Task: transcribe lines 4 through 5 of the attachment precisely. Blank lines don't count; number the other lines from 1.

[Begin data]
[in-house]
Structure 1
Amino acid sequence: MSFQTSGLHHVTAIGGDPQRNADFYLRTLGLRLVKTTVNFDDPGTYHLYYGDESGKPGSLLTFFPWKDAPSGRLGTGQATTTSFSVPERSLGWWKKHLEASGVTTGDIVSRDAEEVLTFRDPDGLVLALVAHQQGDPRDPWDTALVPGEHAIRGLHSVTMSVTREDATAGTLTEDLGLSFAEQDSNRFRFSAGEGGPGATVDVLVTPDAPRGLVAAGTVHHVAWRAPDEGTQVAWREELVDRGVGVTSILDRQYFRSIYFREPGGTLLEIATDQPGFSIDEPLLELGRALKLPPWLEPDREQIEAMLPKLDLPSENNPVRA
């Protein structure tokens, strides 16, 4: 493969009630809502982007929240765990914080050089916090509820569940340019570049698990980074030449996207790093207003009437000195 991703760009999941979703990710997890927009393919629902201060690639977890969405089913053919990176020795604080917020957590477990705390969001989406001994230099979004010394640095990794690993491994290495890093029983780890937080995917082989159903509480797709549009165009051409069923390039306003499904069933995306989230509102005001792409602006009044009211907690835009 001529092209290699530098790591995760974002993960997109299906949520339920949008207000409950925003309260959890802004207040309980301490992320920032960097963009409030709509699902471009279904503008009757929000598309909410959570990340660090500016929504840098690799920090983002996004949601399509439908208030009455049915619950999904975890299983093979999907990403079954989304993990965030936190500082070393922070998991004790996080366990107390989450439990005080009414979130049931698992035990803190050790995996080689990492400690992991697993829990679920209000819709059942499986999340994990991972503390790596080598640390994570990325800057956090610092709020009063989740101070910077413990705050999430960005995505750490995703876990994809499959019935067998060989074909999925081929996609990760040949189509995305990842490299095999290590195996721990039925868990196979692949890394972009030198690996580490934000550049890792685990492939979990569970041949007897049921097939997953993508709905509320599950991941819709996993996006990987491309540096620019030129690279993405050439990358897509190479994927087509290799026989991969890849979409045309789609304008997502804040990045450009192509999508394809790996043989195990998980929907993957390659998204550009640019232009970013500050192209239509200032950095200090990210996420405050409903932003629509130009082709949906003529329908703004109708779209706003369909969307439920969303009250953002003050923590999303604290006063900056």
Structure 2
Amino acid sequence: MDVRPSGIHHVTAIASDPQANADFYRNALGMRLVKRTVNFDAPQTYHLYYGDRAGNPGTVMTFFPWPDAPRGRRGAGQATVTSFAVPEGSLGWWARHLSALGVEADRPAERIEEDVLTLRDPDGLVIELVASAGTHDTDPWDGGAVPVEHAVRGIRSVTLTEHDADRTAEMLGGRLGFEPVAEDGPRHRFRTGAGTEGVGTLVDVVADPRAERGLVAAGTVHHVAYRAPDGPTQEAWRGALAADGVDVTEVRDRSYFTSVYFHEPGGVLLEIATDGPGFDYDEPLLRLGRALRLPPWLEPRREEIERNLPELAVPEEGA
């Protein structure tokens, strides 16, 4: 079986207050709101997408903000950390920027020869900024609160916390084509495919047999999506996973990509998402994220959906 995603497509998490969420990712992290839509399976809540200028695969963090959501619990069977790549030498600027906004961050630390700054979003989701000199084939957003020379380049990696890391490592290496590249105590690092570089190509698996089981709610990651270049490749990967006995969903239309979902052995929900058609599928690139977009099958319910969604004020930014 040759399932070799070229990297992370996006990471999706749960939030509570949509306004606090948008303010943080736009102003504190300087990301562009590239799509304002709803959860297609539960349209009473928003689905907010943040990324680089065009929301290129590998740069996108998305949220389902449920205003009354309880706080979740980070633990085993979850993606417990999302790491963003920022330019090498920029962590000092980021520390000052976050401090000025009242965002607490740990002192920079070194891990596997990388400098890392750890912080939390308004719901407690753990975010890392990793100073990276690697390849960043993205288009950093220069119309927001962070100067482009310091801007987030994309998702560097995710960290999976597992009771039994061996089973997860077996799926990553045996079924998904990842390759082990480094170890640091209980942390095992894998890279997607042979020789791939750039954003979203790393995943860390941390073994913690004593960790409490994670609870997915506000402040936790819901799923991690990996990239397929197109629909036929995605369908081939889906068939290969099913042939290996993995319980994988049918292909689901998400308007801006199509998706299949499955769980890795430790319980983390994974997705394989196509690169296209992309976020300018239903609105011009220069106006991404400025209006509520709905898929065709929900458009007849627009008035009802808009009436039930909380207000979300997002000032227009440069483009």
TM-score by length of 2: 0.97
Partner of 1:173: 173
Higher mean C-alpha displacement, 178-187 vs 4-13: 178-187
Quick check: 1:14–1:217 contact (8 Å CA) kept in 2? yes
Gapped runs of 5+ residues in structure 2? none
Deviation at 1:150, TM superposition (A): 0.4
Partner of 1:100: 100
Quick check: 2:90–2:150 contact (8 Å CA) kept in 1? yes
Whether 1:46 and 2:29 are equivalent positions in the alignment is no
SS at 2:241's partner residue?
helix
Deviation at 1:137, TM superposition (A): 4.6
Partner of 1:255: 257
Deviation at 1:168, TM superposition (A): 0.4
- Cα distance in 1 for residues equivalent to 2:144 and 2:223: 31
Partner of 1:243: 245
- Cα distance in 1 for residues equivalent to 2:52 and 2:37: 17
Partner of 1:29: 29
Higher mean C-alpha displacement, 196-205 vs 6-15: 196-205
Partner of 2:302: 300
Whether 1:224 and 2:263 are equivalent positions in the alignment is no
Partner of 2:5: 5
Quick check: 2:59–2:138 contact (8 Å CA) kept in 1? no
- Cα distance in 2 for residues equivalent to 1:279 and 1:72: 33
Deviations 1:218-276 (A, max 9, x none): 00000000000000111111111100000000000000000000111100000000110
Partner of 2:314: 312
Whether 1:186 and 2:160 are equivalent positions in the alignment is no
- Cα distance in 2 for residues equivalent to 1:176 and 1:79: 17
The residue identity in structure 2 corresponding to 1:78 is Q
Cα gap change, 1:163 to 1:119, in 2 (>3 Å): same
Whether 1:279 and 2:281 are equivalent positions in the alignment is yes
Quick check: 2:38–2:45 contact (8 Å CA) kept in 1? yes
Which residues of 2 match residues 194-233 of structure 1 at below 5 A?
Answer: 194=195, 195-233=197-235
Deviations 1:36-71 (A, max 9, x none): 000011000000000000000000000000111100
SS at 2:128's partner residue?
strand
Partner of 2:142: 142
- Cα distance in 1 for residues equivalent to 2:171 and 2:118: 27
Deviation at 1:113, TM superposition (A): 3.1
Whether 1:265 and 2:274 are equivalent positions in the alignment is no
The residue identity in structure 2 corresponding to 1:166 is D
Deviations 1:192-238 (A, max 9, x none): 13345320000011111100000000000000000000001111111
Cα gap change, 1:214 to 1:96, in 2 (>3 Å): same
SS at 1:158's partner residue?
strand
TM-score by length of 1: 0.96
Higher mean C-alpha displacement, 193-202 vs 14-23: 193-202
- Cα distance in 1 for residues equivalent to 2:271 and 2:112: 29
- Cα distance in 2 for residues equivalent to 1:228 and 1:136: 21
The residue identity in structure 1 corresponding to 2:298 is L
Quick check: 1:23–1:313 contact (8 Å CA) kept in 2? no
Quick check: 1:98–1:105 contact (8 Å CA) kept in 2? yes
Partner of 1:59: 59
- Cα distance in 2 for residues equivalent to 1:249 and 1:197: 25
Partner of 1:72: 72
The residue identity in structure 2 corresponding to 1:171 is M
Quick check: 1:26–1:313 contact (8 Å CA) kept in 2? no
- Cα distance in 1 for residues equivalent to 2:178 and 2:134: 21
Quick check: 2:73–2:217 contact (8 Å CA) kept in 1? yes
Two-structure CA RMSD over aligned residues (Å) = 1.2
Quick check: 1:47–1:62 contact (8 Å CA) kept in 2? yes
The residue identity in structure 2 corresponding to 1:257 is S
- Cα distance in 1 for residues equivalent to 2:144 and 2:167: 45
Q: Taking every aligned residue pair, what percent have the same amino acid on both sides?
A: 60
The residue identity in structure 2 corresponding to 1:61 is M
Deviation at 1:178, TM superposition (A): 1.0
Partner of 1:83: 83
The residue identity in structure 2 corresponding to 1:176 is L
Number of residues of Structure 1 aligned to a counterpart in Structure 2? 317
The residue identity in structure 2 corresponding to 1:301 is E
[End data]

């Protein structure tokens, strides 16, 4: 493969009630809502982007929240765990914080050089916090509820569940340019570049698990980074030449996207790093207003009437000195 991703760009999941979703990710997890927009393919629902201060690639977890969405089913053919990176020795604080917020957590477990705390969001989406001994230099979004010394640095990794690993491994290495890093029983780890937080995917082989159903509480797709549009165009051409069923390039306003499904069933995306989230509102005001792409602006009044009211907690835009 001529092209290699530098790591995760974002993960997109299906949520339920949008207000409950925003309260959890802004207040309980301490992320920032960097963009409030709509699902471009279904503008009757929000598309909410959570990340660090500016929504840098690799920090983002996004949601399509439908208030009455049915619950999904975890299983093979999907990403079954989304993990965030936190500082070393922070998991004790996080366990107390989450439990005080009414979130049931698992035990803190050790995996080689990492400690992991697993829990679920209000819709059942499986999340994990991972503390790596080598640390994570990325800057956090610092709020009063989740101070910077413990705050999430960005995505750490995703876990994809499959019935067998060989074909999925081929996609990760040949189509995305990842490299095999290590195996721990039925868990196979692949890394972009030198690996580490934000550049890792685990492939979990569970041949007897049921097939997953993508709905509320599950991941819709996993996006990987491309540096620019030129690279993405050439990358897509190479994927087509290799026989991969890849979409045309789609304008997502804040990045450009192509999508394809790996043989195990998980929907993957390659998204550009640019232009970013500050192209239509200032950095200090990210996420405050409903932003629509130009082709949906003529329908703004109708779209706003369909969307439920969303009250953002003050923590999303604290006063900056």
Structure 2